He was doing so well with his flea market business he opened a second hand store in Oakland. The store did well until the locals burned him out. He went back to the flea markets again. I helped a few times and it amazed me what people would pay for stuff. He never had his prices marked and he left me in charge of his booth once. I was selling stuff right and left and when he came back he asked where all his stuff was. I told him people were buying. I handed him a wad of cash and then it took a while and he said "where did that broken clock go"  I told him I sold it. he said it was broken and was not worth ten bucks. I got $20 for it and the buyer  knew it was broke. I think that weekend is when he decided I was okay for his daughter :laugh:

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1 hour ago, BushXM15 said:

Are You certain they were Hispanic a little far North aren't they ?.  Surprises ME demographic wise they weren't Arabic !!.

In that neighborhood there have traditionally been a lot of migrant labors.

 

In my town (a wide spot in the road) we have quite a Hispanic population that stemmed from migrant workers that went through the process to become citizens. And you won't see any burkas in my town either.

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7 minutes ago, Longhair said:

In that neighborhood there have traditionally been a lot of migrant labors.

 

In my town (a wide spot in the road) we have quite a Hispanic population that stemmed from migrant workers that went through the process to become citizens. And you won't see any burkas in my town either.

 

Isn't Detroit in MI ?.  I know Omar is from MN but according too Gov. statistics there's a Cargo ships load of Muslim Immigrants in MI. ??. Is MY Gov. lying too ME AGAIN :tap:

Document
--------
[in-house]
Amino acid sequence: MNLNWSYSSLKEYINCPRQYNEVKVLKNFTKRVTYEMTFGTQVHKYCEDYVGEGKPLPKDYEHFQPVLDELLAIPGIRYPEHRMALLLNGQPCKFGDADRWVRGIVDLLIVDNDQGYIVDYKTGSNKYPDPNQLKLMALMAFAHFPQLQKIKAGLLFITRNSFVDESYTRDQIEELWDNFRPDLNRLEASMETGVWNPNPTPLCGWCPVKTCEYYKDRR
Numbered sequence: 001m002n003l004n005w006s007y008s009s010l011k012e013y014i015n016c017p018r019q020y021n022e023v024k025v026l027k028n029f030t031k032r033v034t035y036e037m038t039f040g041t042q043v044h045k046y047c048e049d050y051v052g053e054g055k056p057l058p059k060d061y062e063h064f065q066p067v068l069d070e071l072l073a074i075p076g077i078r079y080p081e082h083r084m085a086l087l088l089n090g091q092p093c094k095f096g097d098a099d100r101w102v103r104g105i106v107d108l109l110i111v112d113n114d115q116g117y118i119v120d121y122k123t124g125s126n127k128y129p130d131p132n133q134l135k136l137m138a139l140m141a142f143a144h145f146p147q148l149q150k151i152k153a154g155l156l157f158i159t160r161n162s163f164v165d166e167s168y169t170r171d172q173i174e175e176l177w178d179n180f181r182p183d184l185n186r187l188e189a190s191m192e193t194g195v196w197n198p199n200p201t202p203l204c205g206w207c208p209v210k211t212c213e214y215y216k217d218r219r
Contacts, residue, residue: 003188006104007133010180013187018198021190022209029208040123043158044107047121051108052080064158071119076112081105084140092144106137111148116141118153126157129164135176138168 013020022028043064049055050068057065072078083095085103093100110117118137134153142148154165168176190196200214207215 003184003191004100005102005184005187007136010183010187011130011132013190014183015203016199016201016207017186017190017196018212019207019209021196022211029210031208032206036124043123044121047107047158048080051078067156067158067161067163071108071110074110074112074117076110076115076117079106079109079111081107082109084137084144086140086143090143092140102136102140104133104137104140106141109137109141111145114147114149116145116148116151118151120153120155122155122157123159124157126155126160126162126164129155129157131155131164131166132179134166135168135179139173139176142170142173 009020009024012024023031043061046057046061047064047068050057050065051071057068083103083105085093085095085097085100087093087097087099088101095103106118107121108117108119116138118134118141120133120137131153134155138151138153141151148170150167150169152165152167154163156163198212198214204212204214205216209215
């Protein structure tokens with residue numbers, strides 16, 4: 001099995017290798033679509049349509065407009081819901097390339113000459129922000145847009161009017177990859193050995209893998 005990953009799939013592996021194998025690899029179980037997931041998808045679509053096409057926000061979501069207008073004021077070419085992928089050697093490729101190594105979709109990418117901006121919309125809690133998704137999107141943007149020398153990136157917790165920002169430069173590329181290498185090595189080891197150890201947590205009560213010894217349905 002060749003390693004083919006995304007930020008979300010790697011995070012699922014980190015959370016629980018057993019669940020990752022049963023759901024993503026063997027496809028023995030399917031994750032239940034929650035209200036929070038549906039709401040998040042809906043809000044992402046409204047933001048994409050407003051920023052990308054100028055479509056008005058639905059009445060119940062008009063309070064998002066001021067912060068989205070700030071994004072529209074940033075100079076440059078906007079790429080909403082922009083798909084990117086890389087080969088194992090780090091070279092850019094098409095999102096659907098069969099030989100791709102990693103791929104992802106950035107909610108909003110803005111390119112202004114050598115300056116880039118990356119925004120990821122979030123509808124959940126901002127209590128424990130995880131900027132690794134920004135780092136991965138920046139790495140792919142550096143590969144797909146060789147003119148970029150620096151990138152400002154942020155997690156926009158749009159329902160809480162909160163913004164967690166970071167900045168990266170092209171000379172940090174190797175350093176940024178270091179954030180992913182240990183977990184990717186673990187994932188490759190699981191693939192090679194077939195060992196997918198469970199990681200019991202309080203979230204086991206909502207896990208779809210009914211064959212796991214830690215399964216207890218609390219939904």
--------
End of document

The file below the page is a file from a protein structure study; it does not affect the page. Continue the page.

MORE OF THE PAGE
There's also Michigan, particularly the city of Dearborn, which has the highest percentage of Muslims in any major city in the US. Henry Ford kick-started the first wave of Arab immigration to the US by hiring loads of Lebanese and Jordanians (mostly Christians, though) to work in his auto factories, and the descendants of these workers stayed and built a large and thriving community in Dearborn, even after the auto industry declined.

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1 minute ago, BushXM15 said:

 

Isn't Detroit in MI ?.  I know Omar is from MN but according too Gov. statistics there's a Cargo ships load of Muslim Immigrants in MI. ??. Is MY Gov. lying too ME AGAIN :tap:

 

There's also Michigan, particularly the city of Dearborn, which has the highest percentage of Muslims in any major city in the US. Henry Ford kick-started the first wave of Arab immigration to the US by hiring loads of Lebanese and Jordanians (mostly Christians, though) to work in his auto factories, and the descendants of these workers stayed and built a large and thriving community in Dearborn, even after the auto industry declined.

Dearborn and college towns are the only places that you see any.

Much of the state is rural, and they aren't around here, but even in most of the larger non-college bergs you won't find any either.